3. Introduction: Myocardial fibrosis and dysfunction is one of the major cardiac complications of long-term diabetes. Prolonged hyperglycemia is known to induce myocardial dysfunction often leading up to heart failure. Hypothesis: The objective of this study was to investigate the cardioprotective effect of glycyrrhizin (GLC) on myocardial damage in engineered in-vitro human cardiac tissues. Engineered 3D tissue chips present an ideal microenvironment via therapeutically relevant interfaces to study molecular- and cellular-level events and mimic human-specific disease states, and identify new therapeutic targets in vitro. Methods: AC16 human cardiomyocyte cells were used to 3D bioprint cardiac tissue chips based on prior published work. In our study, the 3D bioprinted cardiac tissue chips (CTC) were cultured using normo- (5mM) and hyper-glycemic (25mM) conditions for up to 48 hrs. For the GLC treatment group, a subset of CTC cultured using hyperglycemic conditions were treated with 50 mM of GLC for 24 hours. Results: CTC cultured under hyperglycemic conditions demonstrated altered levels of connexin-43 (CX43) and Troponin-I implying cardiomyocyte injury. Exposure to hyperglycemia revealed changes in epigenetic markers: histone methylation marker (H3K9me)-1, Sirtuin-1, and Histone Deacetylase (HDAC)-2 as well as in inflammatory and stress related mediators such as heat shock protein (HSP)-60, receptor for advancedmore »glycation end products (RAGE), toll like receptor (TLR)-4, high mobility group box (HMGB)-1 and CXC chemokine receptor (CXCR)-4. CTC exposed to 25mM glucose for 24 hours resulted in the downregulation of HSP60 and Sirtuin-1. Prolonged exposure to hyperglycemia led to decrease in the expression of CX43 and CXCR4; thereby adversely affecting cardiomyocyte function. Upregulated expression of DNA-binding nuclear protein HMGB1 along with changes in H3K9me1 indicated long-term hyperglycemia-induced damage to cardiomyocytes. GLC treated CTC exhibited a decrease in the expression of RAGE, TLR4 and also demonstrated altered expression of CX43, CXCR4, and troponin I. Conclusions: This study suggests that GLC possesses cardioprotective effects in human cardiomyocytes exposed to prolonged hyperglycemia.« less
  4. Under healthy conditions, the pancreas responds to a glucose challenge by releasing insulin. Insulin suppresses lipolysis in adipose tissue, thereby decreasing plasma glycerol concentration, and it regulates plasma glucose concentration through action in muscle and liver. Insulin resistance (IR) occurs when more insulin is required to achieve the same effects, and IR may be tissue-specific. IR emerges during puberty as a result of high concentrations of growth hormone and is worsened by youth-onset obesity. Adipose, liver, and muscle tissue exhibit distinct dose-dependent responses to insulin in multi-phase hyperinsulinemic-euglycemic (HE) clamps, but the HE clamp protocol does not address potential differences in the dynamics of tissue-specific insulin responses. Changes to the dynamics of insulin responses would alter glycemic control in response to a glucose challenge. To investigate the dynamics of insulin acting on adipose tissue, we developed a novel differential-equations based model that describes the coupled dynamics of glycerol concentrations and insulin action during an oral glucose tolerance test in female adolescents with obesity and IR. We compared these dynamics to the dynamics of insulin acting on muscle and liver as assessed with the oral minimal model applied to glucose and insulin data collected under the same protocol. We found thatmore »the action of insulin on glycerol peaks approximately 67 min earlier ( p < 0.001) and follows the dynamics of plasma insulin more closely compared to insulin action on glucose as assessed by the parameters representing the time constants for insulin action on glucose and glycerol ( p < 0.001). These findings suggest that the dynamics of insulin action show tissue-specific differences in our IR adolescent population, with adipose tissue responding to insulin more quickly compared to muscle and liver. Improved understanding of the tissue-specific dynamics of insulin action may provide novel insights into the progression of metabolic disease in patient populations with diverse metabolic phenotypes.« less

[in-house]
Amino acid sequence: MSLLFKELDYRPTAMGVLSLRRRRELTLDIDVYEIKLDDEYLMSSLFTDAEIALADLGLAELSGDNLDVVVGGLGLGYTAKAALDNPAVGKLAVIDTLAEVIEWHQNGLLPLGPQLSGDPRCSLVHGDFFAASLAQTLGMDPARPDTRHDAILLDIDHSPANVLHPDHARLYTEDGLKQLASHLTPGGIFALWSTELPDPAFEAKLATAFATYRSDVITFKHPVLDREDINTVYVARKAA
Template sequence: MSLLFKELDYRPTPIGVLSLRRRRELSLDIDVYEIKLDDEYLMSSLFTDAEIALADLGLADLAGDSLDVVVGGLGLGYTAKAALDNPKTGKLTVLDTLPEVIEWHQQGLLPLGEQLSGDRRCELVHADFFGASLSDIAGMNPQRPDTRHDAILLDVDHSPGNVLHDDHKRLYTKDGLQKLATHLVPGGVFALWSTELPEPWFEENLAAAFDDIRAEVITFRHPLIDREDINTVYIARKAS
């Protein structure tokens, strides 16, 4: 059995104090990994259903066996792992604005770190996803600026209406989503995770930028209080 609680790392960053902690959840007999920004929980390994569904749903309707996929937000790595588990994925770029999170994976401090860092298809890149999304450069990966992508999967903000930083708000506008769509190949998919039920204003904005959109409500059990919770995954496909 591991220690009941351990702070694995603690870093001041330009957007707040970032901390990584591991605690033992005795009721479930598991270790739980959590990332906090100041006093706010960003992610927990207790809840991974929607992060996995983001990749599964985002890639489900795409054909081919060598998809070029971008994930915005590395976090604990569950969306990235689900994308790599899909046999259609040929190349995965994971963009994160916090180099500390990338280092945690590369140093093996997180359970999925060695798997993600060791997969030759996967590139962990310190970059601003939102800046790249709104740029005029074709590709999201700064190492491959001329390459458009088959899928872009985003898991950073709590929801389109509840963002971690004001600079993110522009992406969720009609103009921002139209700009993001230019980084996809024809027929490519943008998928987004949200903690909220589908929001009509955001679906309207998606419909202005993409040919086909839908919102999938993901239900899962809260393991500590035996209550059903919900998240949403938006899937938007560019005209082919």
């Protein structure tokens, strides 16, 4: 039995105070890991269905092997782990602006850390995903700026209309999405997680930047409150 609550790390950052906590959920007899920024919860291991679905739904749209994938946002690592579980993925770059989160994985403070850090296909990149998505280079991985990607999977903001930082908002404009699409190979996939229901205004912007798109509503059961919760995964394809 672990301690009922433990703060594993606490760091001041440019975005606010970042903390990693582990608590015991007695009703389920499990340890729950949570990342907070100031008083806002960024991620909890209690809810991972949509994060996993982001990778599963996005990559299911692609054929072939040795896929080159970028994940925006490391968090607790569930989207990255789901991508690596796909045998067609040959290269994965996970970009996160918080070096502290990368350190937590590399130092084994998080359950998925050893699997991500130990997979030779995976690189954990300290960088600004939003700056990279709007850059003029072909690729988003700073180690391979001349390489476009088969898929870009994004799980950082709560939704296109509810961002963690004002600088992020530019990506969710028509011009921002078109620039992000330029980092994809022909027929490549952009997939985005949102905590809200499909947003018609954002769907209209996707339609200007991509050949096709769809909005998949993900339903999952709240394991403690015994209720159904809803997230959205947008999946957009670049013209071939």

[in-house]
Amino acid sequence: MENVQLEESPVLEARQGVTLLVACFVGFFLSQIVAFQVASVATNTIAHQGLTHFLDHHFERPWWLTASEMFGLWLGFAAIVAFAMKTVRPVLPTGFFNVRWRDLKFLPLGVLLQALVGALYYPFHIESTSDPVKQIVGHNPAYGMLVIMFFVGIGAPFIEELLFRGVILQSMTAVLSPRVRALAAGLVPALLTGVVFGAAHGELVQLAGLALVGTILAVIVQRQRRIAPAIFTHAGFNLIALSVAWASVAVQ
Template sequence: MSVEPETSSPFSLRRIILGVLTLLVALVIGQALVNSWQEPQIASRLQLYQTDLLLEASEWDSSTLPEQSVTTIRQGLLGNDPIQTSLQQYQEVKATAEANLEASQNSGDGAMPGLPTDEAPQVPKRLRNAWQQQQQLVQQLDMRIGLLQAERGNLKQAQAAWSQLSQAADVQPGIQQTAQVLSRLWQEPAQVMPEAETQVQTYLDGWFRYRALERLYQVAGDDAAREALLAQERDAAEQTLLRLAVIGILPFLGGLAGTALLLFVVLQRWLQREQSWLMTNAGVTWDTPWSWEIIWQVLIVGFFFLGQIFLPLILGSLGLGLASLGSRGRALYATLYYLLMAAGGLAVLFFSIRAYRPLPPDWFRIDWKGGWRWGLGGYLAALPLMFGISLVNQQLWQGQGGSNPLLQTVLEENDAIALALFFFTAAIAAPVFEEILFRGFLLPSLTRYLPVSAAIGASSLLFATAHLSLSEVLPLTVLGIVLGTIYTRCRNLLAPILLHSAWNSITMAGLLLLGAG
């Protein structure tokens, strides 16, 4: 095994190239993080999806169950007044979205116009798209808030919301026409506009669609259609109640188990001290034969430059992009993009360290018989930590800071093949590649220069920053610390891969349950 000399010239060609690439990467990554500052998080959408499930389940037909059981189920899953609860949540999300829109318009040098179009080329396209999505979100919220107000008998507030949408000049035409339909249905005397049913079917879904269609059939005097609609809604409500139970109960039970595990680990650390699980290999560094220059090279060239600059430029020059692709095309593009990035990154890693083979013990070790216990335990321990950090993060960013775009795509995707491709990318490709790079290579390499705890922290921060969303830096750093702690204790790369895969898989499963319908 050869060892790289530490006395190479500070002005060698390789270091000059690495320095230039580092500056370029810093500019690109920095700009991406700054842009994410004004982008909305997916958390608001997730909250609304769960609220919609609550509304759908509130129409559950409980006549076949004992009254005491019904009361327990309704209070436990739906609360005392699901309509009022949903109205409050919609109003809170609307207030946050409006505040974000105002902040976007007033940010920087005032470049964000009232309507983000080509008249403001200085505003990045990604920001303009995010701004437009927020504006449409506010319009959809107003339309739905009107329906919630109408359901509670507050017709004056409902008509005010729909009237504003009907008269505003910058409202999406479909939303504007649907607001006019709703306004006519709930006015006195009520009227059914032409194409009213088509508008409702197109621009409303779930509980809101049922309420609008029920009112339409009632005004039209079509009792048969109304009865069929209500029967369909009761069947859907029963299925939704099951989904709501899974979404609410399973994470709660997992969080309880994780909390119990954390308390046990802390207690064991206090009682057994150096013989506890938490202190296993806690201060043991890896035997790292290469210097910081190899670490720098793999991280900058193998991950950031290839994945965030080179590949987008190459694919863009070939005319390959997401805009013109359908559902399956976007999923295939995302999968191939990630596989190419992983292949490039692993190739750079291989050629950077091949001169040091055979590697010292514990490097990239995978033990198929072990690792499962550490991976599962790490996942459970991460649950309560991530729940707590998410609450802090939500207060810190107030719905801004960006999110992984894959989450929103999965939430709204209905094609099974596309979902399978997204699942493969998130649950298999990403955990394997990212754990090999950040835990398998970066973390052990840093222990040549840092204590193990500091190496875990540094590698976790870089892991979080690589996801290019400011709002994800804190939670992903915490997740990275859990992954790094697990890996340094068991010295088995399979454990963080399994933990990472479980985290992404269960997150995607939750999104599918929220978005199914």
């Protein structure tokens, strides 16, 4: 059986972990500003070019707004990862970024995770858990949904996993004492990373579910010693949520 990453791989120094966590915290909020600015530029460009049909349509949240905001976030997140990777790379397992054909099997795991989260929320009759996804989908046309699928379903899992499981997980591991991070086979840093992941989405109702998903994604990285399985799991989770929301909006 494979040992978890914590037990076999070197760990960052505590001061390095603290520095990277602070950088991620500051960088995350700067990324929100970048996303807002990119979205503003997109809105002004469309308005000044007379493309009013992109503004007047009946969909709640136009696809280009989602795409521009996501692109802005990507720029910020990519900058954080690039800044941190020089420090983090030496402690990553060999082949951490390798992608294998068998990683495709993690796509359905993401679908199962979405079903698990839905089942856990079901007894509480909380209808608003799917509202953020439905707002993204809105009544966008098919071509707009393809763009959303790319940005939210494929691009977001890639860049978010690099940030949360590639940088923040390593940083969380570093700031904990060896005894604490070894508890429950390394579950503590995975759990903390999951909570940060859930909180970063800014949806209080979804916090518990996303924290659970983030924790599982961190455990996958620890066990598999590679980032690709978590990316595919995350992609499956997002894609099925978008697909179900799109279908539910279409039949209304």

5. Abstract

    Type 1 diabetes mellitus (T1DM) is an autoimmune disease characterized by insulin deficiency, and patients with diabetes have an increased risk of bone fracture and significantly impaired fracture healing. Proinflammatory cytokine tumor necrosis factor‐alpha is significantly upregulated in diabetic fractures and is believed to underlie delayed fracture healing commonly observed in diabetes. Our previous genetic screen for the binding partners of progranulin (PGRN), a growth factor‐like molecule that induces chondrogenesis, led to the identification of tumor necrosis factor receptors (TNFRs) as the PGRN‐binding receptors. In this study, we employed severalin vivomodels to ascertain whether PGRN has therapeutic effects in diabetic fracture healing. Here, we report that deletion of PGRN significantly delayed bone fracture healing and aggravated inflammation in the fracture models of mice with T1DM. In contrast, recombinant PGRN effectively promoted diabetic fracture healing by inhibiting inflammation and enhancing chondrogenesis. In addition, both TNFR1 proinflammatory and TNFR2 anti‐inflammatory signaling pathways are involved in PGRN‐stimulated diabetic fracture healing. Collectively, these findings illuminate a novel understanding concerning the role of PGRN in diabetic fracture healing and may have an application in the development of novel therapeutic intervention strategies for diabetic and other types of impaired fracture healing.